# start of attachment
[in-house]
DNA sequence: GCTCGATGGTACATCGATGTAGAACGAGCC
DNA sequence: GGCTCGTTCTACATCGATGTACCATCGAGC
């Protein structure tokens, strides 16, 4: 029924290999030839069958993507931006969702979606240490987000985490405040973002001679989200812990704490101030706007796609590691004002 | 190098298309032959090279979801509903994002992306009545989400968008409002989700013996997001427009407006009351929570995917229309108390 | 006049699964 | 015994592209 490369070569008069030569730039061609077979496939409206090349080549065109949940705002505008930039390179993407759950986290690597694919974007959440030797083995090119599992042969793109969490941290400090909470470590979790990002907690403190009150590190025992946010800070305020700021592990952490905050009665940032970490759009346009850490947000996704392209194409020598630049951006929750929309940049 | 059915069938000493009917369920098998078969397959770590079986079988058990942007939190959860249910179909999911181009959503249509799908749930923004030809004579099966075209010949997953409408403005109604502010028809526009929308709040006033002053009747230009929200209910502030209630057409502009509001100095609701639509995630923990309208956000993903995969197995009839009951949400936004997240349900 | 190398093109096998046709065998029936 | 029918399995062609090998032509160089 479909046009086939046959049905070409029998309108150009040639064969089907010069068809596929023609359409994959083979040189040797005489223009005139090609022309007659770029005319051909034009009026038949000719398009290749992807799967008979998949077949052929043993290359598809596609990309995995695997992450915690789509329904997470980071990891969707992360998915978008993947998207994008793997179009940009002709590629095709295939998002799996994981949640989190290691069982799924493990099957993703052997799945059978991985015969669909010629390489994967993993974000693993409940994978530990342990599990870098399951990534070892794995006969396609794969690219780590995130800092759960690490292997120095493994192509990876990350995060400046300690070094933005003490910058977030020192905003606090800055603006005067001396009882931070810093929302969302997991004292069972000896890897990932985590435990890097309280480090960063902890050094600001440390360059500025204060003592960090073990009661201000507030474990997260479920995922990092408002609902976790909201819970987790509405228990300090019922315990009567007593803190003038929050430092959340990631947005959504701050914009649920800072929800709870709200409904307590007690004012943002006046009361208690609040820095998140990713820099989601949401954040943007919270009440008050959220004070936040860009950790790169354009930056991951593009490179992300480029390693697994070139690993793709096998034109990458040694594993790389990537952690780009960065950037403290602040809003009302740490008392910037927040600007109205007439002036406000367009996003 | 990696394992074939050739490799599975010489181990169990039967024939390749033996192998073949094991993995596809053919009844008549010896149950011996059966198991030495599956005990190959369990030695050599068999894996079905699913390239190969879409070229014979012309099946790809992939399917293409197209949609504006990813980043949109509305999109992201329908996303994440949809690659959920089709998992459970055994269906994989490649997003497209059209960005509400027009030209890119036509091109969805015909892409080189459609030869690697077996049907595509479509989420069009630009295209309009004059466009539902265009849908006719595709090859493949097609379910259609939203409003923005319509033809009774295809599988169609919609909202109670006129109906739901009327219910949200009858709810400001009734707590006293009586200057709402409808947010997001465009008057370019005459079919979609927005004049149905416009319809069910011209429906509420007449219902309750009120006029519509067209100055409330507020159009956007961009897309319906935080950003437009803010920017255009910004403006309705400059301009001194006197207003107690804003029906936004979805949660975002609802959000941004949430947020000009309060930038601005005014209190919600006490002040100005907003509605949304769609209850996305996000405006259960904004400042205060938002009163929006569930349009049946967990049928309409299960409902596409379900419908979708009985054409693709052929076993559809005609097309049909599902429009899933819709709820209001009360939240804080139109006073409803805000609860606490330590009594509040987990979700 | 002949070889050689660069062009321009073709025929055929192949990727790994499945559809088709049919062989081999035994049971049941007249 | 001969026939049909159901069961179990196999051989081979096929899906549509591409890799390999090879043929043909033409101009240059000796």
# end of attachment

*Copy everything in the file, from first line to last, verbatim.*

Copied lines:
[in-house]
DNA sequence: GCTCGATGGTACATCGATGTAGAACGAGCC
DNA sequence: GGCTCGTTCTACATCGATGTACCATCGAGC
């Protein structure tokens, strides 16, 4: 029924290999030839069958993507931006969702979606240490987000985490405040973002001679989200812990704490101030706007796609590691004002 | 190098298309032959090279979801509903994002992306009545989400968008409002989700013996997001427009407006009351929570995917229309108390 | 006049699964 | 015994592209 490369070569008069030569730039061609077979496939409206090349080549065109949940705002505008930039390179993407759950986290690597694919974007959440030797083995090119599992042969793109969490941290400090909470470590979790990002907690403190009150590190025992946010800070305020700021592990952490905050009665940032970490759009346009850490947000996704392209194409020598630049951006929750929309940049 | 059915069938000493009917369920098998078969397959770590079986079988058990942007939190959860249910179909999911181009959503249509799908749930923004030809004579099966075209010949997953409408403005109604502010028809526009929308709040006033002053009747230009929200209910502030209630057409502009509001100095609701639509995630923990309208956000993903995969197995009839009951949400936004997240349900 | 190398093109096998046709065998029936 | 029918399995062609090998032509160089 479909046009086939046959049905070409029998309108150009040639064969089907010069068809596929023609359409994959083979040189040797005489223009005139090609022309007659770029005319051909034009009026038949000719398009290749992807799967008979998949077949052929043993290359598809596609990309995995695997992450915690789509329904997470980071990891969707992360998915978008993947998207994008793997179009940009002709590629095709295939998002799996994981949640989190290691069982799924493990099957993703052997799945059978991985015969669909010629390489994967993993974000693993409940994978530990342990599990870098399951990534070892794995006969396609794969690219780590995130800092759960690490292997120095493994192509990876990350995060400046300690070094933005003490910058977030020192905003606090800055603006005067001396009882931070810093929302969302997991004292069972000896890897990932985590435990890097309280480090960063902890050094600001440390360059500025204060003592960090073990009661201000507030474990997260479920995922990092408002609902976790909201819970987790509405228990300090019922315990009567007593803190003038929050430092959340990631947005959504701050914009649920800072929800709870709200409904307590007690004012943002006046009361208690609040820095998140990713820099989601949401954040943007919270009440008050959220004070936040860009950790790169354009930056991951593009490179992300480029390693697994070139690993793709096998034109990458040694594993790389990537952690780009960065950037403290602040809003009302740490008392910037927040600007109205007439002036406000367009996003 | 990696394992074939050739490799599975010489181990169990039967024939390749033996192998073949094991993995596809053919009844008549010896149950011996059966198991030495599956005990190959369990030695050599068999894996079905699913390239190969879409070229014979012309099946790809992939399917293409197209949609504006990813980043949109509305999109992201329908996303994440949809690659959920089709998992459970055994269906994989490649997003497209059209960005509400027009030209890119036509091109969805015909892409080189459609030869690697077996049907595509479509989420069009630009295209309009004059466009539902265009849908006719595709090859493949097609379910259609939203409003923005319509033809009774295809599988169609919609909202109670006129109906739901009327219910949200009858709810400001009734707590006293009586200057709402409808947010997001465009008057370019005459079919979609927005004049149905416009319809069910011209429906509420007449219902309750009120006029519509067209100055409330507020159009956007961009897309319906935080950003437009803010920017255009910004403006309705400059301009001194006197207003107690804003029906936004979805949660975002609802959000941004949430947020000009309060930038601005005014209190919600006490002040100005907003509605949304769609209850996305996000405006259960904004400042205060938002009163929006569930349009049946967990049928309409299960409902596409379900419908979708009985054409693709052929076993559809005609097309049909599902429009899933819709709820209001009360939240804080139109006073409803805000609860606490330590009594509040987990979700 | 002949070889050689660069062009321009073709025929055929192949990727790994499945559809088709049919062989081999035994049971049941007249 | 001969026939049909159901069961179990196999051989081979096929899906549509591409890799390999090879043929043909033409101009240059000796």